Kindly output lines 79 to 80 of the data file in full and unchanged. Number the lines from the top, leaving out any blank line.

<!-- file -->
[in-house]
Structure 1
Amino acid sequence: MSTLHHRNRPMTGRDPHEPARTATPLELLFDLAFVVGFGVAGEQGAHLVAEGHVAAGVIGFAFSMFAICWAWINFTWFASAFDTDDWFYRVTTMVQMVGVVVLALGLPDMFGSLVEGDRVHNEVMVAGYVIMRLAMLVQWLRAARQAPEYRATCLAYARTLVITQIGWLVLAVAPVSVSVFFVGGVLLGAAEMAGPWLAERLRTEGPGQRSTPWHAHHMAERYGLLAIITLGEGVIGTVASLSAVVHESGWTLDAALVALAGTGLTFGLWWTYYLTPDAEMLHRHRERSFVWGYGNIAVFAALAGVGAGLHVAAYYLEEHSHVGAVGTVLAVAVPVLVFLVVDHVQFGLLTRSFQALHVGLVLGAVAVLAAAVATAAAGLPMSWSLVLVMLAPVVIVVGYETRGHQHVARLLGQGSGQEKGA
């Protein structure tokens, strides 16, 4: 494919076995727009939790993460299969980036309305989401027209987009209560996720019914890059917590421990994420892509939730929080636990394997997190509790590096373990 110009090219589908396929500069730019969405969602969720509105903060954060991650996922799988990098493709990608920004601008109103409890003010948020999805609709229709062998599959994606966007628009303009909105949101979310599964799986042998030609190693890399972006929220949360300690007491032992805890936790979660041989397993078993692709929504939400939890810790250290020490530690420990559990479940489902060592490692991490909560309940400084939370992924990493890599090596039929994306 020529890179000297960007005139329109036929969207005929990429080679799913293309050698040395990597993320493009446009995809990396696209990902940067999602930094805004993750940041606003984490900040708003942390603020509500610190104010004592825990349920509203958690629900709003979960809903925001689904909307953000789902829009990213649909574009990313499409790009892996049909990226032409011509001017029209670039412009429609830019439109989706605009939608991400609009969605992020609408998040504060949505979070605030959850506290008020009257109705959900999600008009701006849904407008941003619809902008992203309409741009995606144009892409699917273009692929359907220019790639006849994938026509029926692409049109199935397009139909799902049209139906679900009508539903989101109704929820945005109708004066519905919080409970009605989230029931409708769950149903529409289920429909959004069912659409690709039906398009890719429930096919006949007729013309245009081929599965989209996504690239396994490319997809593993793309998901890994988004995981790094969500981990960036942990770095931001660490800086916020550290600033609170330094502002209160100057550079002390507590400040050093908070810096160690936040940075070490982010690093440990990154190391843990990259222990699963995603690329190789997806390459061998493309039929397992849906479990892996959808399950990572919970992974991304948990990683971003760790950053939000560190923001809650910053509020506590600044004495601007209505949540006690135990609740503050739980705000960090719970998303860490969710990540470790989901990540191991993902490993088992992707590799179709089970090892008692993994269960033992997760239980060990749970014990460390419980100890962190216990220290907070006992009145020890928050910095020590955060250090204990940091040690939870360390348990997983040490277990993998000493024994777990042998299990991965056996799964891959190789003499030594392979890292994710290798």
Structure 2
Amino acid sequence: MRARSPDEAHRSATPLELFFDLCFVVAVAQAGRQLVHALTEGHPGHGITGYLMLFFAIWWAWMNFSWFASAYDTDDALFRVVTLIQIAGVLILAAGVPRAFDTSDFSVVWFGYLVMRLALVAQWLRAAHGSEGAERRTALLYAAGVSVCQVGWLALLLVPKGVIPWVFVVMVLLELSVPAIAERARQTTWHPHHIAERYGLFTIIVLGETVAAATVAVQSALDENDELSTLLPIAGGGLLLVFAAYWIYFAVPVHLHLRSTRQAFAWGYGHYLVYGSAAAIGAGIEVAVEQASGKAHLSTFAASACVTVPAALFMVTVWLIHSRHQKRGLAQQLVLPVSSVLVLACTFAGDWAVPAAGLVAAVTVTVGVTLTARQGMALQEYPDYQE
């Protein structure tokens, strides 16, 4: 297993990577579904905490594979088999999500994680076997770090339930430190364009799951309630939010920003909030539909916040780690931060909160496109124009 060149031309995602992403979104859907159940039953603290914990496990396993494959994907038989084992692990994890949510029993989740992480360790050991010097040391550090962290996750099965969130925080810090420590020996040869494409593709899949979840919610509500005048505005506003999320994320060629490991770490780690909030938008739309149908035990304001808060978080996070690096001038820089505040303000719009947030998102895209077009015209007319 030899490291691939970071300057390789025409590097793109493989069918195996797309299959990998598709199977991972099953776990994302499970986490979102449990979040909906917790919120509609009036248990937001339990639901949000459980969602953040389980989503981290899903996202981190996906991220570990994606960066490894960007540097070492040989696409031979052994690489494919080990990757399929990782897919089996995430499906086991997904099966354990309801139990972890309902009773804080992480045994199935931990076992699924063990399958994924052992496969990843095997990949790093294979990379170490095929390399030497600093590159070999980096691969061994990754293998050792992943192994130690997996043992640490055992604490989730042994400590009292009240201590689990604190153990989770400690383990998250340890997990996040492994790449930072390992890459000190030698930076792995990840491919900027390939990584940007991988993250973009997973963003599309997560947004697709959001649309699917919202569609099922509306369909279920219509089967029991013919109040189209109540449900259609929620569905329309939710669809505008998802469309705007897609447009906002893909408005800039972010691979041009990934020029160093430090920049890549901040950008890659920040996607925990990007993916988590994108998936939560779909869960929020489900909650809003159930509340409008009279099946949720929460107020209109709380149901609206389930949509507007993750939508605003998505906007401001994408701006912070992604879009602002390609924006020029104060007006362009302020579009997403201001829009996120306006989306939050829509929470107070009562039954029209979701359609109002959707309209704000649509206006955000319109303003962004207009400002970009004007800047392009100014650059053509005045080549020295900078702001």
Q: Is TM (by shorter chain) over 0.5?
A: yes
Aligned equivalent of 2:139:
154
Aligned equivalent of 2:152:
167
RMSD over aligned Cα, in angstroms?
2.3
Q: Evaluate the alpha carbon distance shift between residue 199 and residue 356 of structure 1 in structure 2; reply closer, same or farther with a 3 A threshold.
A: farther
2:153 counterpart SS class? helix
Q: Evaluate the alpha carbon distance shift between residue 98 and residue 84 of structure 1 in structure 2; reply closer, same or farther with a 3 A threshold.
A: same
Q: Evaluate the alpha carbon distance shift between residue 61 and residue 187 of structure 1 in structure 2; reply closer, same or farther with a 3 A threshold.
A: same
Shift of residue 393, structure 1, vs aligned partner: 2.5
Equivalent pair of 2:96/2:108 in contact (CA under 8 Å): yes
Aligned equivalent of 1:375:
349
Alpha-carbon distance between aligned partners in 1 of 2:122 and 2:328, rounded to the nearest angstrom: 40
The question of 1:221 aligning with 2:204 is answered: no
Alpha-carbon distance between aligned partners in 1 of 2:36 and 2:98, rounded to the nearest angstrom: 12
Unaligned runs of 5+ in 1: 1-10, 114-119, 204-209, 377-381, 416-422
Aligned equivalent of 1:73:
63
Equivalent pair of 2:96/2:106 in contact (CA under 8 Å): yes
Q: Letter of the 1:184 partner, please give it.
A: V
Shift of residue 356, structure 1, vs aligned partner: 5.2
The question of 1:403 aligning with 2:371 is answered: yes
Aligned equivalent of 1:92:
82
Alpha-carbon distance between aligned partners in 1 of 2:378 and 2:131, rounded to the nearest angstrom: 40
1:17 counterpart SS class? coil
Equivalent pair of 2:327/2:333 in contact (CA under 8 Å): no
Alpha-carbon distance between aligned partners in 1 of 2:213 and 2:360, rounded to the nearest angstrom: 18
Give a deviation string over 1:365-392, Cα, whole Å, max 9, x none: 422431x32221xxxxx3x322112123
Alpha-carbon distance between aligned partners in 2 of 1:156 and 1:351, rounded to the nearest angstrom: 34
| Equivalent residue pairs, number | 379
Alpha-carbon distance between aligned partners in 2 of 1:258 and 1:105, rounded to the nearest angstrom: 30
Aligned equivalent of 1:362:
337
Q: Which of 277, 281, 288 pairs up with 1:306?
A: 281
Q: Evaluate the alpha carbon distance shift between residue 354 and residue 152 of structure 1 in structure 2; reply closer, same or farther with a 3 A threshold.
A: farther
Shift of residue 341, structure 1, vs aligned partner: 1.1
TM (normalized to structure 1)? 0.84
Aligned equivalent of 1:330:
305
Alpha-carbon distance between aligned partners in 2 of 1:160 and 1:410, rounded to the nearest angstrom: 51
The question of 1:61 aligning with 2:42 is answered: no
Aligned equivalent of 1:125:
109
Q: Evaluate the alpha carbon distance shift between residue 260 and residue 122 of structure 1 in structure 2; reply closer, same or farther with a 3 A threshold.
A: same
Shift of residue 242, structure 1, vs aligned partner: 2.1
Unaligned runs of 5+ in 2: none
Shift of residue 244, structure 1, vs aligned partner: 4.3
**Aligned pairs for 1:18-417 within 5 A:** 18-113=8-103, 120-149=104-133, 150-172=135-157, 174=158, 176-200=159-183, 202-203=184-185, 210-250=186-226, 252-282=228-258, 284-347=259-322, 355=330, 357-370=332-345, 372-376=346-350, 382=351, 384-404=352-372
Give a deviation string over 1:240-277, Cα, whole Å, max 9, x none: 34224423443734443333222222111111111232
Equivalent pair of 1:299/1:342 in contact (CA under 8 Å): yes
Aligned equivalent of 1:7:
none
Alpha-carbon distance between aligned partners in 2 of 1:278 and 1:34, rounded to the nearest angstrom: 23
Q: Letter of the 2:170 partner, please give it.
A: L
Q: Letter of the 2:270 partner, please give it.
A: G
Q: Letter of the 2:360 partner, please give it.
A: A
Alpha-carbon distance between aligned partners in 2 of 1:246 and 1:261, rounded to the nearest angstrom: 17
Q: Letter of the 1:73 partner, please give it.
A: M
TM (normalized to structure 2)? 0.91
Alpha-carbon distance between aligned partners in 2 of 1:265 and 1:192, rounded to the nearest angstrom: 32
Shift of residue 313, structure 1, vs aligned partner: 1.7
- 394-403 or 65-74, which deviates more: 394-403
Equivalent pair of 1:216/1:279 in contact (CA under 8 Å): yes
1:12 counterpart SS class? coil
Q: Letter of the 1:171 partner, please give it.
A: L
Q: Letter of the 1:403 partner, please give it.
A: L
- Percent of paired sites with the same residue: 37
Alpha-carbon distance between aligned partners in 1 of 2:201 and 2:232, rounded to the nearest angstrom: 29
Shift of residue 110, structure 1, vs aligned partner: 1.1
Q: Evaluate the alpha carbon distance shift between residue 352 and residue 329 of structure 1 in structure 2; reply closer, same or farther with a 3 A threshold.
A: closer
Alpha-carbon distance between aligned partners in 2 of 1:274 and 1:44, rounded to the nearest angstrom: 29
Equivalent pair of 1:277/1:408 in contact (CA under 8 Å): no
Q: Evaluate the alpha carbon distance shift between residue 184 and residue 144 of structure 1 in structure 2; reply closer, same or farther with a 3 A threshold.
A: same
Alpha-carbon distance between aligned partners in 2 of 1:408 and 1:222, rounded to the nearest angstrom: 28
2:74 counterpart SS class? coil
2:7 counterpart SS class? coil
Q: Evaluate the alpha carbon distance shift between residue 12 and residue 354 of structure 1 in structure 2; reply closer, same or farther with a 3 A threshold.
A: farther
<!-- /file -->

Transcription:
Alpha-carbon distance between aligned partners in 2 of 1:246 and 1:261, rounded to the nearest angstrom: 17
Q: Letter of the 1:73 partner, please give it.